A plastic surgeon in the United States is facing an investigation after being on a videoconference call about a personal matter in court while performing an operation in California.
Scott Green wore a surgical suit as he appeared from afar during his traffic violation trial in Sacramento Superior Court.
A patient undergoing a procedure is out of view, with medical machinery beeping in the background.
“Hello, Mr Green? Hi. Are you available for trial?” asks a courtroom clerk as an officer summoned to appear in trial raised her eyebrows.
“It kind of looks like you’re in an operating room right now?”
“I am, sir,” Dr Green replied.
“Yes, I’m in an operating room right now. Yes, I’m available for trial. Go right ahead.”
The secretary reminded Dr. Green that the proceedings were being streamed live because by law traffic trials must be open to the public and the surgeon said he understood.
He appeared to continue working with his head down while he waited for Court Commissioner Gary Link to enter the room.
When Mr. Link appeared and saw the doctor on the screen, the judge hesitated to proceed with the trial out of concern for the patient’s health.
“I have another surgeon right here who’s doing the surgery with me, so I can stand here and allow them to do the surgery also,” Dr Green said.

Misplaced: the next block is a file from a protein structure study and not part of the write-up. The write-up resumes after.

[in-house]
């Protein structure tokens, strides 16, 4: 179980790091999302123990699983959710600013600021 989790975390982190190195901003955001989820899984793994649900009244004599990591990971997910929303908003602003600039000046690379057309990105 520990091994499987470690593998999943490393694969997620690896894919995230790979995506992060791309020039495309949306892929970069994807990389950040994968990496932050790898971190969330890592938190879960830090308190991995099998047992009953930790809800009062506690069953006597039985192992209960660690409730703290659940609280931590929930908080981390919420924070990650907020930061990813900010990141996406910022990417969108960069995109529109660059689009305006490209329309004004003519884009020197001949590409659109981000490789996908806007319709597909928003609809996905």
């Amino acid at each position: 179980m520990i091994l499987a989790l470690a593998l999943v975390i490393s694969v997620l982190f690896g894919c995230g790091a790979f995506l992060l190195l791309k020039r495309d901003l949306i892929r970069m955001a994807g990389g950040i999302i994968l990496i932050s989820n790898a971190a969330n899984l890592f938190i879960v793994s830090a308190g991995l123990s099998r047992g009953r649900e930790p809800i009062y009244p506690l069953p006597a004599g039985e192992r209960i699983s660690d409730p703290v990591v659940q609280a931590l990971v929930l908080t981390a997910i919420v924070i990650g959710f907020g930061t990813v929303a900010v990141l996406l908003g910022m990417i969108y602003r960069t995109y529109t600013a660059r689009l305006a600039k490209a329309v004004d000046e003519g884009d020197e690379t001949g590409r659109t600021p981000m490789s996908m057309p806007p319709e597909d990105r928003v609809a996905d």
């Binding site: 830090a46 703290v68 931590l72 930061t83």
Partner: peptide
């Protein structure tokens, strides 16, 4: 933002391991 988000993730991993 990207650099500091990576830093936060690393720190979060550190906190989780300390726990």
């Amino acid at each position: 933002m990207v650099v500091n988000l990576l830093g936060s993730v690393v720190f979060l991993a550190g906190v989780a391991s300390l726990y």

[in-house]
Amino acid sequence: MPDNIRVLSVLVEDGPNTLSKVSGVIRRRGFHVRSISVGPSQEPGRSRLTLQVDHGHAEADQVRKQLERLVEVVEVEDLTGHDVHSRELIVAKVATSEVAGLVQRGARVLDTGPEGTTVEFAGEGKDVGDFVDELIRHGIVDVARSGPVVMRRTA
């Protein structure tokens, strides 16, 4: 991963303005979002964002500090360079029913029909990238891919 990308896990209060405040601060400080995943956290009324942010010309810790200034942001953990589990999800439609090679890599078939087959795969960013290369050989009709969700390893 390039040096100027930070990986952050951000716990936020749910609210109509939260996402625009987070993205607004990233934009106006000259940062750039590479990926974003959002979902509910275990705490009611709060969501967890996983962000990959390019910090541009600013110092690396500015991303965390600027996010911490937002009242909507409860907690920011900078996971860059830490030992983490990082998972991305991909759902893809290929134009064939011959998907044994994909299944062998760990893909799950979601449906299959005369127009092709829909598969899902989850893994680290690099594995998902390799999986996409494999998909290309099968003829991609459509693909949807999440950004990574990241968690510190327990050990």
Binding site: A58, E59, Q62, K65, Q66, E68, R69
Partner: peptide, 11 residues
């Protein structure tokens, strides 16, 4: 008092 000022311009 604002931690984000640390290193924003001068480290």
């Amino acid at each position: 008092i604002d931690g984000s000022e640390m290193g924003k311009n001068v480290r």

The judge said he did not think it was appropriate to proceed with a trial in the cases.
He told Dr Green that he’d rather set a new trial date “when you’re not actively involved or involved and responsive to the patient’s needs”.
Dr. Green apologized, saying that “sometimes, surgery doesn’t always go the way it should…” before the judge interrupted him.
“It happens. We want to keep people healthy, we want to keep them alive. That’s very important,” Mr. Link said.
The California Medical Board announced it would review the case, saying it “expects physicians to follow a standard of care when treating their patients”.
A call seeking comment from Dr. Green was not returned.
A large number of trials are conducted remotely in California due to the coronavirus pandemic, which has claimed the lives of nearly 52,000 people in the nation’s most populous state.